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Open source nation

About the authors
Becky Hogge is a freelance writer and broadcaster. She is the former executive director of the Open Rights Group, a London-based campaigning organisation that fights for civil and consumer rights in the digital age. She was previously the managing editor, and then technology director, of She blogs here, and co-presents acclaimed London radio show Little Atoms. Her first book, Barefoot into Cyberspace, was published in summer 2011
Geoff Mulgan, Chair of the Commission, became Director of the Young Foundation in 2004, after various roles in UK government including head of policy in the Prime Minister's office

Earlier this year, Geoff Mulgan and Tom Steinberg, with Omar Salem, published a paper for the UK think tank Demos which is widely becoming seen as the seminal work on open source methodology.

The paper, Wide Open, described the methods developed in the production of the open source operating system Linux and the free, collaborative encyclopedia Wikipedia as embodying:

“a new way of creating knowledge that combines an open and democratic ethos with the extraordinary ability to produce work of high quality and on a huge scale”

Wide Open investigated possible applications of these methods in fields as diverse as bioscience, politics and journalism. openDemocracy’s Becky Hogge went along to Geoff Mulgan’s offices at the Young Foundation in east London to find out what open source methods can do for 21st century politics, and where this leaves traditional ideas of accountability.


Becky Hogge: Can open source methodology, or, as the paper preferred to call them, open methods, really be called democratic?

Geoff Mulgan: When we wrote that, we meant democratic in spirit. With open methods, anyone can take part without prior qualifications or having been asked to do so or being part of an established hierarchy.

Democracy is conversation and there are deep roots for ideas about a society being able to talk about itself, going back to the Buddhists and the ancient Greeks.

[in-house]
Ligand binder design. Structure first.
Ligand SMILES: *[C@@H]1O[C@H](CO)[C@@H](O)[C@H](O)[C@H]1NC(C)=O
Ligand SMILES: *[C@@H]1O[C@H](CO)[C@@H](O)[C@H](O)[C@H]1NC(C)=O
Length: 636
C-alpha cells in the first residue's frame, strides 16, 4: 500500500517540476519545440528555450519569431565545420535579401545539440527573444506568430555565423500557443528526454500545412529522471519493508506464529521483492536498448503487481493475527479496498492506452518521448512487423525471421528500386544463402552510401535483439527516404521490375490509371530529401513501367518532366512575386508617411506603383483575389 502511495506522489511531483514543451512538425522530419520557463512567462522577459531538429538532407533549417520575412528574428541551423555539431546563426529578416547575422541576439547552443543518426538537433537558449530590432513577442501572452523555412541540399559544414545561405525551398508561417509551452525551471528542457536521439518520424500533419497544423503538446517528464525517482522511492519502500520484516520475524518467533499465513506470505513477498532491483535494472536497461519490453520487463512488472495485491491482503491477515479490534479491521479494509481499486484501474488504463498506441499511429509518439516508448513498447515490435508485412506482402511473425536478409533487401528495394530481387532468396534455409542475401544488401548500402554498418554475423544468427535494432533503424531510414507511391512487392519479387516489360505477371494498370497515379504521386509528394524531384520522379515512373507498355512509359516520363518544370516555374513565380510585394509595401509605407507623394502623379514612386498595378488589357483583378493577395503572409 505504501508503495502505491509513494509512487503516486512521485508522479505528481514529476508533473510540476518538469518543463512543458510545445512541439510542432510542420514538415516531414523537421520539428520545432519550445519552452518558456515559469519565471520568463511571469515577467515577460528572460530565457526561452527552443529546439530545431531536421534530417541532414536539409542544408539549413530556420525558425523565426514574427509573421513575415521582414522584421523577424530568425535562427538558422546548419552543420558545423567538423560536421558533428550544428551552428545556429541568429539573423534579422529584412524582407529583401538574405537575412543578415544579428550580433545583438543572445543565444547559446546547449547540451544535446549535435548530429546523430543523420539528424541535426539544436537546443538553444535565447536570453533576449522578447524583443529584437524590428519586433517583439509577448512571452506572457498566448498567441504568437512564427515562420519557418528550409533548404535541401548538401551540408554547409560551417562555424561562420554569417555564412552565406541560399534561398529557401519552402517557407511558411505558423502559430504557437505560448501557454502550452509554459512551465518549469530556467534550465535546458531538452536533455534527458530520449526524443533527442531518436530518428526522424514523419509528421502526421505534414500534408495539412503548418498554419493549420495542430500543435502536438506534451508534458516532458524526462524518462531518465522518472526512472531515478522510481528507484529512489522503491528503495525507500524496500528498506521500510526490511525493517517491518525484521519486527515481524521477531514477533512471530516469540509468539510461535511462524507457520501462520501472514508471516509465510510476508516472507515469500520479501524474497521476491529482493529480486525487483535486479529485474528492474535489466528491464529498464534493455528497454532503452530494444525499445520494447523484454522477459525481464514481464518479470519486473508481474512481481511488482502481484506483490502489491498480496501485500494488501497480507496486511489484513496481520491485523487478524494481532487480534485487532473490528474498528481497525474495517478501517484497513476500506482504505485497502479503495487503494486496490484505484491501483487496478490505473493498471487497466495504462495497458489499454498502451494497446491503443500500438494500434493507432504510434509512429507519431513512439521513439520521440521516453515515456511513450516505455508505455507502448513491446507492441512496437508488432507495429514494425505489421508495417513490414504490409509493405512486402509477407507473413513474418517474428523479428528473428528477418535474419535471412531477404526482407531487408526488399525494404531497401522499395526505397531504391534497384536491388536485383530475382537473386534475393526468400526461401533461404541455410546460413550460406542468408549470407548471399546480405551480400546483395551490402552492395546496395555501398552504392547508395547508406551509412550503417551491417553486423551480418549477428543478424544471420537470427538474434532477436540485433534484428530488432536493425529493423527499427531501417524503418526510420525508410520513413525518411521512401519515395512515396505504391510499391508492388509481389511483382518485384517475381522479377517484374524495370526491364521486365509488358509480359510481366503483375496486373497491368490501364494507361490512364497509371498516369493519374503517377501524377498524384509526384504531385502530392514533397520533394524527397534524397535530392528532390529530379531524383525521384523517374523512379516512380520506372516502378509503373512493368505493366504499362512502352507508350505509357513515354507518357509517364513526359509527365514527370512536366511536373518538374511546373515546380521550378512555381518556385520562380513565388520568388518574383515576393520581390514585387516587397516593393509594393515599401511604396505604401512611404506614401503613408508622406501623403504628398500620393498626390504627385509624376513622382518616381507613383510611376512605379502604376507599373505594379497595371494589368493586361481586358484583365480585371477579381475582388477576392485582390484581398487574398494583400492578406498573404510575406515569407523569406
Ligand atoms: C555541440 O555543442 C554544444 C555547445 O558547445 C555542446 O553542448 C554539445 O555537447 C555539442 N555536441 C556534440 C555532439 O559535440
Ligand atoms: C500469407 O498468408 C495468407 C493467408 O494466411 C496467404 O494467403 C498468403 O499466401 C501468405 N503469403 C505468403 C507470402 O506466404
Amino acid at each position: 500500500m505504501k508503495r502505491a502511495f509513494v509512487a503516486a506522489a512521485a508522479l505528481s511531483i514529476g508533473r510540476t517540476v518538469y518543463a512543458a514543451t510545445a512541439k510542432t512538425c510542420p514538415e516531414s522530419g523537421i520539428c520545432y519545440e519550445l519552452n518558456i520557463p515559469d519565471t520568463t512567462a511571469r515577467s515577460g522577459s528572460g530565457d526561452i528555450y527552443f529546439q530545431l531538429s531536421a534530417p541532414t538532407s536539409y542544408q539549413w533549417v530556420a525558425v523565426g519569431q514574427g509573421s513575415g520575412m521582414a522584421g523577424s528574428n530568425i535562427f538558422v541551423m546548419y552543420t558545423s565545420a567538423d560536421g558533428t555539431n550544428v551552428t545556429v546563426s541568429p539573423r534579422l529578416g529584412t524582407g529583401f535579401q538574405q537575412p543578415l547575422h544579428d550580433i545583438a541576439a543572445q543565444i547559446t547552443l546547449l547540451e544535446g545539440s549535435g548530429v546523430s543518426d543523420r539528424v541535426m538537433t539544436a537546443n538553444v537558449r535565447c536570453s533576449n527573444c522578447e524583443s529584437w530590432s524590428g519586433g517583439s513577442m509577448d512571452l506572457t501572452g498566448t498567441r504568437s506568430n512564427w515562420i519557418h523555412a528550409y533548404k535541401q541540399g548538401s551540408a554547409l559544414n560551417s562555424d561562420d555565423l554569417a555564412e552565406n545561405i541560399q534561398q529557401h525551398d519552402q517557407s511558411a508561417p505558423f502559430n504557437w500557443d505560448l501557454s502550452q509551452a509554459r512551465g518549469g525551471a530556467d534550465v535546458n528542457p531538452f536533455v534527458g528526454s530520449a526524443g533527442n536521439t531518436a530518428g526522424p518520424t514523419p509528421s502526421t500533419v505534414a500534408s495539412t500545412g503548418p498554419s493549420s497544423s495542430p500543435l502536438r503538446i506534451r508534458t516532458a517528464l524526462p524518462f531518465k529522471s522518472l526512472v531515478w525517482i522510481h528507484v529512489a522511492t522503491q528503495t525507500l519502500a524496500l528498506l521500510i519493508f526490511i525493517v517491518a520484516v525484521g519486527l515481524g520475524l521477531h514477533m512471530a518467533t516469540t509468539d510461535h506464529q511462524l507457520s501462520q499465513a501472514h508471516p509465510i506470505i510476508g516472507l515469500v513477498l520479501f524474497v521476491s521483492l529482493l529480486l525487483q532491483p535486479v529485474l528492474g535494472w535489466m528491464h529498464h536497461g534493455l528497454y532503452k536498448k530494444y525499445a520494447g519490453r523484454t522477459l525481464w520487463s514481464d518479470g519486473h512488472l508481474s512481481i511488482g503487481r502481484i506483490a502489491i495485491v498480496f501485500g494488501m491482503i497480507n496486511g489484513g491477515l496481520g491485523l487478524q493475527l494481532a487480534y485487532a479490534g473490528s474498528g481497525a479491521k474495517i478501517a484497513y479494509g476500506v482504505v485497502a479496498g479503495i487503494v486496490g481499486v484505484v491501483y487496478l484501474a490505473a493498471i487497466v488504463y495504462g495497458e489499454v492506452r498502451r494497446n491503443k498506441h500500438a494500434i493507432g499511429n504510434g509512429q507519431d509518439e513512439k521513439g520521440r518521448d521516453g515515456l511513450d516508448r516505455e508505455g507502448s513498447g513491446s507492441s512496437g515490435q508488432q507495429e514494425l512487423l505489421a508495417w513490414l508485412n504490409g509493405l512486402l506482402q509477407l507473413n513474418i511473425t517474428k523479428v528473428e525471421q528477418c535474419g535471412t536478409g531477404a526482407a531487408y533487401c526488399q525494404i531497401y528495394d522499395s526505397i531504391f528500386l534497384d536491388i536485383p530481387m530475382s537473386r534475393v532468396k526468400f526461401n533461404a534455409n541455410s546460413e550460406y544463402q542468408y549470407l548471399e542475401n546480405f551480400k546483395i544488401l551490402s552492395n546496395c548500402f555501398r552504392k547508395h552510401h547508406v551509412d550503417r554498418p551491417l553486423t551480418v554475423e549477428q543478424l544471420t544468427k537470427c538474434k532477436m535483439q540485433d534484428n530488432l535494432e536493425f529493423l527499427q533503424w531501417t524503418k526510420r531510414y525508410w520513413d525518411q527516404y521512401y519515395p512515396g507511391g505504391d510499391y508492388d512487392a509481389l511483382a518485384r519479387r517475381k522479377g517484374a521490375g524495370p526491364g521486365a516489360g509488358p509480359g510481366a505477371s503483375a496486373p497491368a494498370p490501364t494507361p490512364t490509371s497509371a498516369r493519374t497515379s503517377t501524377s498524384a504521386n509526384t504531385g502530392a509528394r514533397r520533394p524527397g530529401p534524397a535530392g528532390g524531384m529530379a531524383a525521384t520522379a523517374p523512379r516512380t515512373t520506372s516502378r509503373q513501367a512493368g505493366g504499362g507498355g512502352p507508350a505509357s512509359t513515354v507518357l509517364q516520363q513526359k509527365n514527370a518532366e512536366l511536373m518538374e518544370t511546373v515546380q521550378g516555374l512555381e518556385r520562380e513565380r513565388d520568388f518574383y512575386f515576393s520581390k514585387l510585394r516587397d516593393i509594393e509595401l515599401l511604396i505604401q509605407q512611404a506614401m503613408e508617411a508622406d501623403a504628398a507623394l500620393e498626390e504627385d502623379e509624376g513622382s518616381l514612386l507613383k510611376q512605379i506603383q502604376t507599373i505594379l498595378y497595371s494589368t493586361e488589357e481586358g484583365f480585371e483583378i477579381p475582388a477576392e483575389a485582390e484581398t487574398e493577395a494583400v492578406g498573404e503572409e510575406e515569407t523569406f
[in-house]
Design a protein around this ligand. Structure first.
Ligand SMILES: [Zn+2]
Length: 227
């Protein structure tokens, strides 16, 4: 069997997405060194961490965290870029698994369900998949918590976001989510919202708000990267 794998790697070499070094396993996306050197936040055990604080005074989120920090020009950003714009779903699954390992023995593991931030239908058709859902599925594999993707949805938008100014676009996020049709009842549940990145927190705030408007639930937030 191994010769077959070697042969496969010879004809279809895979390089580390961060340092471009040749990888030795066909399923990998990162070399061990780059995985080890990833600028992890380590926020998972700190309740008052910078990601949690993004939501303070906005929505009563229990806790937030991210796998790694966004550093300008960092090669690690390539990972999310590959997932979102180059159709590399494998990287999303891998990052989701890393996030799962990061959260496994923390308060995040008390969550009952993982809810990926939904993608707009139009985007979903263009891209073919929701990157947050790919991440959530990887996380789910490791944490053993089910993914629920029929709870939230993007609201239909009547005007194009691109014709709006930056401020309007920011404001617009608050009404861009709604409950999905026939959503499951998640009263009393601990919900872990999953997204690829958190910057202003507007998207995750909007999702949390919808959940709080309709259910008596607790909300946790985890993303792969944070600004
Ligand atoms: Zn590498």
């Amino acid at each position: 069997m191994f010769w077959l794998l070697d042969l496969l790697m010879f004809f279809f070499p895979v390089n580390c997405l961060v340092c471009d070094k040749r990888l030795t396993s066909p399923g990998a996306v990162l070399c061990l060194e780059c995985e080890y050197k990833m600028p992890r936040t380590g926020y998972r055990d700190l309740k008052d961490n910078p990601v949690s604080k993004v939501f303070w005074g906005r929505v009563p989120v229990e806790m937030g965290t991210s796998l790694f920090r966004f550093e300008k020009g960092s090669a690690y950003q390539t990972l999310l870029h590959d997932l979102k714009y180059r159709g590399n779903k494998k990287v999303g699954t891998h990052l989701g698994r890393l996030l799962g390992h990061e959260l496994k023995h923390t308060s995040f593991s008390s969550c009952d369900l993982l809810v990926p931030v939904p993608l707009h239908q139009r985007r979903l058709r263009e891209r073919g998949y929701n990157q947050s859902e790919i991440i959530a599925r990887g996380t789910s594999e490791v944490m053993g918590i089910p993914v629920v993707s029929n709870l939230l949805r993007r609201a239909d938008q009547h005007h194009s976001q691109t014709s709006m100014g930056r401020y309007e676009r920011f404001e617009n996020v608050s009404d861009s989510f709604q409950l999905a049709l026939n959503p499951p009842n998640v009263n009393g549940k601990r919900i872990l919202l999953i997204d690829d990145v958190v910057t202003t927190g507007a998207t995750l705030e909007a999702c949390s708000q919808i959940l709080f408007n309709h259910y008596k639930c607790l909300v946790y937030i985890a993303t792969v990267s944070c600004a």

Every civilisation has traditions of people arguing – this is not a western idea at all. Of course when democracy came into being in the late 18th and 19th centuries, because of the scale of the organisation of the state, because of the lack of technology, those conversations had to essentially take place within parliament – speaking parliaments with speakers overseeing them and so on. The rest of the conversation was somewhat of a monologue either by parties or newspapers.

In a 21st century democracy, many more people should be involved in the conversation that precedes a decision. It’s really only in the last twenty or thirty years that technology has made it possible to rethink how to organise much wider conversations that involve sixty million people in a country like the UK or several hundred million in a country like the United States.

But for those conversations to be meaningful there have to be organising principles, there can’t just be a free-for-all cacophony because not everyone can be heard in the permitted bandwidth.

Becky Hogge: And that’s where open methods come in?

Geoff Mulgan: Yes. Essentially, where the object is producing the best and the most usable thing, which may be a Wikipedia or a software programme, the argument is that most existing organisational principles we have don’t work very well. Therefore, organisational principles which reward or give most weight to the best, the most respected, very much like the vetting procedures of Linus Torvalds and his deputies or the collective scrutiny of Wikipedians, should be superior.

Tom and I spent a lot of time trying to find the appropriate word for this kind of organisational structure, going through our ancient Greek dictionaries. The irony is that “aristocracy” technically means rewarding the best input but, of course, every aristocracy that we’ve ever come across is full of the worst rather than the best so the word has completely lost that meaning.

Becky Hogge: So reputational systems, like the ones used in creating Wikipedia or Linux, can help structure wider conversations that lead to better democracy?

Geoff Mulgan: That’s right. At the moment reputational systems look like the best ones to run with. My expectation is that within the next twenty or thirty years you will see lots of experimentation with direct participative models. Deliberative polls, citizens’ juries and reputational systems – and each of these uses a different principle of how to involve a much larger number of people and the ultimate test will be which delivers more legitimate, better decisions in the long run.

Becky Hogge: But this sounds an awful lot like “consultation” – isn’t that a dirty word in politics?

Geoff Mulgan: Sure, sometimes. Take, for example, the British Labour party’s “Big Conversation” of a year and a half ago, which I was heavily involved in trying to design. That was attempting to get a more genuinely reciprocal conversation between the ruling party and the public, holding hundreds of meetings in constituencies with MPs, stakeholder groups, NGOs and so on, in a fairly public way.

One of the very predictable problems that exercise ran into was that it went alongside some classic internal decision-making, strategy-making processes which in some ways were superior to an open conversation. If you are trying to plan exactly what the National Health Service should do in the next five or ten years you get involved in huge complexities of money, organisation and so on which you can’t really get to in a general discussion. But you can have regular discussions on something like smoking bans, about what to do with alcohol, or chronic disease management.